In its quarterly earnings release earlier this month, Oracle Corporation reported its Q2 2023 results, showing that “revenue increased 18% year-over-year in USD and increased 25% in constant currency to $ 12.3 billion.” This is a remarkable achievement, especially in the context and background of economic uncertainty and the storms of recession. Notably, Cerner contributed $1.5 billion in total revenue, indicating it as an important source of ongoing profits.
Cerner is a leading electronic health records (EHR) company, with a variety of offerings and services in the healthcare management and data space. Late last year, Oracle bought Cerner for about $28 billion, a price that was celebrated and cautiously praised. For many, the sticker price was unbelievably high. But the founder of Oracle, Larry Ellison, was clear in his vision of the purchase: “Working together, Cerner and Oracle have the ability to transform the delivery of health care by providing medical professionals with better information – enabling them to make better treatment decisions that lead to better patient outcomes .”
In this month’s press conference, Ellison was equally emphatic about his goals and vision for Cerner and Oracle’s progress in health care. He explained: “Since the acquisition, Cerner has contributed to Oracle’s growth—and Oracle has helped Cerner develop its technology. […] But we are just beginning our work to modernize healthcare information systems. In the wake of the COVID pandemic, there is a sense of urgency around the world to reform and improve national health systems. Our goals are ambitious: to automate clinical trials to shorten the time it takes to bring new life-saving medicines to patients, enable doctors to easily access better information that leads to better patient outcomes, and provide public health professionals with an early warning system that detects and identifies. new pathogens in time to prevent the next epidemic. The scale of this opportunity is unprecedented—and so is the responsibility that comes with it.”
Every technology industry is looking for a piece of the digital health and healthcare information landscape, as healthcare is increasingly turning to innovation to solve some of its toughest problems. Bedrock technology companies like Cerner offer strong value—not only in terms of improved data and information management to provide better clinical care, but also in their ability to constantly innovate.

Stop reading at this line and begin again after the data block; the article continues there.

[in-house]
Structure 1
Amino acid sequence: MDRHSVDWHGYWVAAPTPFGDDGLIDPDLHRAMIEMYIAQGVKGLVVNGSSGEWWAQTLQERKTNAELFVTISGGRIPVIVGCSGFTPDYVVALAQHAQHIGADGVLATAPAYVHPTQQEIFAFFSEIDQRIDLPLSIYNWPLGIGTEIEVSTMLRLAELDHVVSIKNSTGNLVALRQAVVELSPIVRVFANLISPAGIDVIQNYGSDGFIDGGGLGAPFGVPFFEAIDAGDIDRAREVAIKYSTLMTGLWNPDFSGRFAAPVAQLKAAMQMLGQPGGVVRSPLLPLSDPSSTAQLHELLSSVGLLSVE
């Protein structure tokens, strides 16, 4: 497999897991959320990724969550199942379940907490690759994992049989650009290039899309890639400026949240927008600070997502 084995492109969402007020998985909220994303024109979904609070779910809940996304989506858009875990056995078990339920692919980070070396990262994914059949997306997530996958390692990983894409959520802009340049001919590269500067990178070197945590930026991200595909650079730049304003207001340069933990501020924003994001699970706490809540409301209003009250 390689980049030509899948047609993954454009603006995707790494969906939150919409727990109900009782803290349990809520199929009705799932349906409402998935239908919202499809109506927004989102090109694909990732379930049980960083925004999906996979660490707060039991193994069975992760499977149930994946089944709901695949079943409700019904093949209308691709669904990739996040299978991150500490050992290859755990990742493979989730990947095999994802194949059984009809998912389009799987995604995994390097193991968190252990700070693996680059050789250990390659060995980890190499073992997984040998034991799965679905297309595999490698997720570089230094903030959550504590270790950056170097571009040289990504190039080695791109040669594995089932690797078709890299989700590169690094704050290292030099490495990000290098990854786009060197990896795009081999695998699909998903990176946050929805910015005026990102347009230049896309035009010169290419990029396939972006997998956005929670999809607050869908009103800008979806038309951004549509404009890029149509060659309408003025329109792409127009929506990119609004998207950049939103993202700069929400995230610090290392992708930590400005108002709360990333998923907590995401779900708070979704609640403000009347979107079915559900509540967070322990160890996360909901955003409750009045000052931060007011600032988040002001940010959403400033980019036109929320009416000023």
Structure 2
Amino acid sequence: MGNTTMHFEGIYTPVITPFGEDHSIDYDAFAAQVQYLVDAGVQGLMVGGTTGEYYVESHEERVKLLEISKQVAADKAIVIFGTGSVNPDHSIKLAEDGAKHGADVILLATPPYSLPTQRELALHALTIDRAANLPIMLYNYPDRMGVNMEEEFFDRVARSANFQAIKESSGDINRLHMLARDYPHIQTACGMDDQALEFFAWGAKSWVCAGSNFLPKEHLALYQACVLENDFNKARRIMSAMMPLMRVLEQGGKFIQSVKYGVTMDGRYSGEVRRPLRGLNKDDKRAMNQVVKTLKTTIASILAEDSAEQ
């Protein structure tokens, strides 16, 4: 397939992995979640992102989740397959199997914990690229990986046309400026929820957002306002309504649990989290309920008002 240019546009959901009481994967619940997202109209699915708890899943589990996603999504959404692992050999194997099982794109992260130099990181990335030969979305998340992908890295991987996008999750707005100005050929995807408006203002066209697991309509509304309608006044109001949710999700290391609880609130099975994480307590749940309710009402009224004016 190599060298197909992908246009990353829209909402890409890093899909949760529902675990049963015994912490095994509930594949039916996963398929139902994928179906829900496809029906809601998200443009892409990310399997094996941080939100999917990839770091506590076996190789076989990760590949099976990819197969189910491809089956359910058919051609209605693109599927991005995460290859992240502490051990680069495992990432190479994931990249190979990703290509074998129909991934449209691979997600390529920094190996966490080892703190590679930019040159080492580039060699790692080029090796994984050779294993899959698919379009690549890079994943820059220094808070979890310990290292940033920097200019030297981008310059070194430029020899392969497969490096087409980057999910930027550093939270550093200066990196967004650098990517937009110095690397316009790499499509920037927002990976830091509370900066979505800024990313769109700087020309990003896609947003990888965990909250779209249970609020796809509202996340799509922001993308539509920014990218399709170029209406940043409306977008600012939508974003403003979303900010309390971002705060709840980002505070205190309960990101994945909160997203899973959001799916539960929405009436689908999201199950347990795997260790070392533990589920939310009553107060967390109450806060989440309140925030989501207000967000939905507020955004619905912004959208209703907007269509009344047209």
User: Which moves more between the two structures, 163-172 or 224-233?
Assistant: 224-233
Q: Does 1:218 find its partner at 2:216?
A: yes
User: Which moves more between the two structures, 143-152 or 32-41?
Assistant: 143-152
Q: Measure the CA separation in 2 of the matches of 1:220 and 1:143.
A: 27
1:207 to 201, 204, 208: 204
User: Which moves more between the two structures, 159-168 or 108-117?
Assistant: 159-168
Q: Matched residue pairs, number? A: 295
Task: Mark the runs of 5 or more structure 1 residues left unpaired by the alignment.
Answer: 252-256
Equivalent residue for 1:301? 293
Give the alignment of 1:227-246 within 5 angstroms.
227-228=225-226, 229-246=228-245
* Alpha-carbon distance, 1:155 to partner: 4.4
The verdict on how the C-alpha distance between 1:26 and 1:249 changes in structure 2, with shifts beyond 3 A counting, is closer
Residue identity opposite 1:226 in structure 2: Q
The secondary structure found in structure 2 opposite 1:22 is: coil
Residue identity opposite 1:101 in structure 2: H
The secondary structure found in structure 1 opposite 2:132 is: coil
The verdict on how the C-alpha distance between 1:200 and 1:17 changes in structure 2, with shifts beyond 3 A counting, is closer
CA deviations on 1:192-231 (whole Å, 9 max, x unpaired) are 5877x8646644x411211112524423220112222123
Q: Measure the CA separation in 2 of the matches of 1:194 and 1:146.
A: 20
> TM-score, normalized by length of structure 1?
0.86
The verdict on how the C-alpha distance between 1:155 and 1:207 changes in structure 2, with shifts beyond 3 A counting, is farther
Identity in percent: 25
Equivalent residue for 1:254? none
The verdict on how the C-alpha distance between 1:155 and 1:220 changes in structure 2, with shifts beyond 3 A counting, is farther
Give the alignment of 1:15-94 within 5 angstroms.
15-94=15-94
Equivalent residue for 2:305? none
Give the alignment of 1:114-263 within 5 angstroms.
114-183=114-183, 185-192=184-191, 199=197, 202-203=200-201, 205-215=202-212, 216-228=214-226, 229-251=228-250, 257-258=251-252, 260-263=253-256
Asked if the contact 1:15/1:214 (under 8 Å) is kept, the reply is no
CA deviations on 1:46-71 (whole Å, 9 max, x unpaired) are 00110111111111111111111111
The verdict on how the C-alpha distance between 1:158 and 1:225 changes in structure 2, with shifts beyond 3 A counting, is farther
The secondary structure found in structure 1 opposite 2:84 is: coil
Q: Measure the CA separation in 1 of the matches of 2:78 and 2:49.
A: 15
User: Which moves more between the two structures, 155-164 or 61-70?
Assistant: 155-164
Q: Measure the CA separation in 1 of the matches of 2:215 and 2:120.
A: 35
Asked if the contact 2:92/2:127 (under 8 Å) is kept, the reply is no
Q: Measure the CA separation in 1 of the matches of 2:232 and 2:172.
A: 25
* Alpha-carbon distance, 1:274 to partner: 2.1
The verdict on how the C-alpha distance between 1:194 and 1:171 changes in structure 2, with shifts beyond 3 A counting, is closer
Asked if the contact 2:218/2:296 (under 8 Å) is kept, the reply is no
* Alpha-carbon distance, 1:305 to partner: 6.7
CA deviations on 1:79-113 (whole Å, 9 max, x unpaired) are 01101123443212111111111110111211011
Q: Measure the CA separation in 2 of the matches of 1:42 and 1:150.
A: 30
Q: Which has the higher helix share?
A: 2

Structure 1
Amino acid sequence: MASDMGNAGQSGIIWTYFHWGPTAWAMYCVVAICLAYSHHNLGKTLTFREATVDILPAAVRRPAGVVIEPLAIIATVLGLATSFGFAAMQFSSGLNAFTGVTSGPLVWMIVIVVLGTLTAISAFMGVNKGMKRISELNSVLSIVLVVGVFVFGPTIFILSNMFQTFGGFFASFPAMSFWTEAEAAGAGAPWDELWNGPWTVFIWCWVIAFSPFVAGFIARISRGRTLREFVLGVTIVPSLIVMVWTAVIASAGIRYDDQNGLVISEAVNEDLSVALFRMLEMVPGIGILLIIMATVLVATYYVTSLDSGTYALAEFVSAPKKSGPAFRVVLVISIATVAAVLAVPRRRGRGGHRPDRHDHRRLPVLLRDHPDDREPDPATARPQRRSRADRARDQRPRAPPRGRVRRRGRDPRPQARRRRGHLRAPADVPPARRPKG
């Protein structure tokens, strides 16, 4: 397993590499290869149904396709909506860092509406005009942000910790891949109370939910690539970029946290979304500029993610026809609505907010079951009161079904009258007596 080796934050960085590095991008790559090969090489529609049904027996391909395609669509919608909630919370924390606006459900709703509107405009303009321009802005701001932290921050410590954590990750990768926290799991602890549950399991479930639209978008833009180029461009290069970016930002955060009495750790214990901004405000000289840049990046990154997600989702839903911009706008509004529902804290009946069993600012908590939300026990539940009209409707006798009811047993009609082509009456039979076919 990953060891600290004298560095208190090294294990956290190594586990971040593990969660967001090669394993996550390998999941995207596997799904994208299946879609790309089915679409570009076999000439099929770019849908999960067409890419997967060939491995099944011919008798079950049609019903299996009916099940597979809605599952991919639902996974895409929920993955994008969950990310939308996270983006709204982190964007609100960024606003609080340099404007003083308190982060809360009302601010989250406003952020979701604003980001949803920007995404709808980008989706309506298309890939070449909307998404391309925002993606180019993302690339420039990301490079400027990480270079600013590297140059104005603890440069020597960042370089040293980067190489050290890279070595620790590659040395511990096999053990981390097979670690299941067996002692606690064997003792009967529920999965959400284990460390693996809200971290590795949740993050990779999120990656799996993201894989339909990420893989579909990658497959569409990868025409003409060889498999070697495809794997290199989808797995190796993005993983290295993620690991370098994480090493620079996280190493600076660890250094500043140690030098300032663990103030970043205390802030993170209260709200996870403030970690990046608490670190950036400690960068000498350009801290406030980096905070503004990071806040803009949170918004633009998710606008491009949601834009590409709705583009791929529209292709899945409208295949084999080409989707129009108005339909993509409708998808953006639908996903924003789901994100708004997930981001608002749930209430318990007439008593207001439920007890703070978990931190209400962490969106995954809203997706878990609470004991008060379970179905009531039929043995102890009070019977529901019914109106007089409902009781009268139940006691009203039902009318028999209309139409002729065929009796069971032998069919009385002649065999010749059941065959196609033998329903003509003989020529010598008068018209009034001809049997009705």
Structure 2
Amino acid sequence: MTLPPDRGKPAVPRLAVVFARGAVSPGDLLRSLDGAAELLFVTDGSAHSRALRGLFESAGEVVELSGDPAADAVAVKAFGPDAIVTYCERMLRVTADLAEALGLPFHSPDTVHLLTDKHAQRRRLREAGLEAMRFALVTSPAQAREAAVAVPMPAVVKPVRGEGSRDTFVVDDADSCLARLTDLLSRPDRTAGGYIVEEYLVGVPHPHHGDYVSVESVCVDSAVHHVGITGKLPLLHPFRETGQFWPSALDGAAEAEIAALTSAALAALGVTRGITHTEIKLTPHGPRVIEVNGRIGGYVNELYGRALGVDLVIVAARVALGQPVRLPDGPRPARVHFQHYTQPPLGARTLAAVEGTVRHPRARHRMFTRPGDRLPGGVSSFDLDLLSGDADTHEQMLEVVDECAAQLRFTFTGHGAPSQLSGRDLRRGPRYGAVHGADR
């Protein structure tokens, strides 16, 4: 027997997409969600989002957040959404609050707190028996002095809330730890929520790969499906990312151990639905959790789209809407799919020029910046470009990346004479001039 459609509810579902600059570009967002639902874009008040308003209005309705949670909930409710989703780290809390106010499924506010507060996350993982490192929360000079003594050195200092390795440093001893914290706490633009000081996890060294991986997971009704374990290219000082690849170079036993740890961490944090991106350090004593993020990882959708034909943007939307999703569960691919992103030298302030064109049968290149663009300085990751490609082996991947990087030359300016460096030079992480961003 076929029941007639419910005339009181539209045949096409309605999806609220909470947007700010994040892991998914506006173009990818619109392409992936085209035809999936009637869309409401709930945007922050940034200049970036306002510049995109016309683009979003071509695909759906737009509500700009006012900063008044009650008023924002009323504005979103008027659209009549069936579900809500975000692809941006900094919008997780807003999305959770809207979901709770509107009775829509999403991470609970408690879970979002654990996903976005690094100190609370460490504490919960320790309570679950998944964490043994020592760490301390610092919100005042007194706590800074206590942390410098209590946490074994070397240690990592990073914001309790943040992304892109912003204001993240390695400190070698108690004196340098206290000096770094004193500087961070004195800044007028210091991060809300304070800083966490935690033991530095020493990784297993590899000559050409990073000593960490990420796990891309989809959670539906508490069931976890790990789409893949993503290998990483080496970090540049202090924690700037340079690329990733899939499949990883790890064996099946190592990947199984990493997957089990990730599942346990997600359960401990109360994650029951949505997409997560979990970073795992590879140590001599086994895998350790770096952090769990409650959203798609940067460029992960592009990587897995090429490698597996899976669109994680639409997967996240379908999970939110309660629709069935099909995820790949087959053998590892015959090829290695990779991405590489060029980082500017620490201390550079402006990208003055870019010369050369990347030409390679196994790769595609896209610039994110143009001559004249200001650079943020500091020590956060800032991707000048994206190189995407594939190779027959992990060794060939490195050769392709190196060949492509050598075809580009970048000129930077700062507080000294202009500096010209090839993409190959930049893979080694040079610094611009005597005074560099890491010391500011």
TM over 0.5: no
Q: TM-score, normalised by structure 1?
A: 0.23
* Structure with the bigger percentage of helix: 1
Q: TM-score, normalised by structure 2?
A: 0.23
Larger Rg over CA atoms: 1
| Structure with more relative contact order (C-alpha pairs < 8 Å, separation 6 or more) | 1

Other technology giants, such as Oracle, have begun to embrace this opportunity. Take for example Google, which continues to present a very diverse list of healthcare technology solutions. The company’s latest venture with the Google Cloud Healthcare Data Engine is poised to become one of the strongest forces in healthcare data management, and will undoubtedly be a game-changer.
Notably, smaller organizations are also working to innovate in this space, from startups to boutique analytics shops. These organizations develop unique data and insights to enable better clinical outcomes. Take Komodo Health for example. The company used its expertise to create its Healthcare Map software, which provides research on “330 million patients, 15 million new clinical encounters every day, and complete profiles of 150 million payers.” This includes “75% concordance with 350 hospitals and 96% concordance with 11 billion laboratory records. [which] it provides unparalleled insight into the patient journey.”
Another notable company is Flatiron Health, which has created a number of services and technologies focused on oncology, life sciences and hospital systems. The company has grown significantly over the past few years, taking data from “more than 3 million available patient records,” of which “75% comes from public practices, [and] 25% are from academic cancer centers.”
Therefore, it is clear that this space is quickly becoming one of the most sought-after opportunities for companies and technology organizations around the world. The next decade will see more companies investing and innovating in this field. Technology professionals and healthcare organizations will be challenged to embrace this innovation to not only work, but also better serve their communities.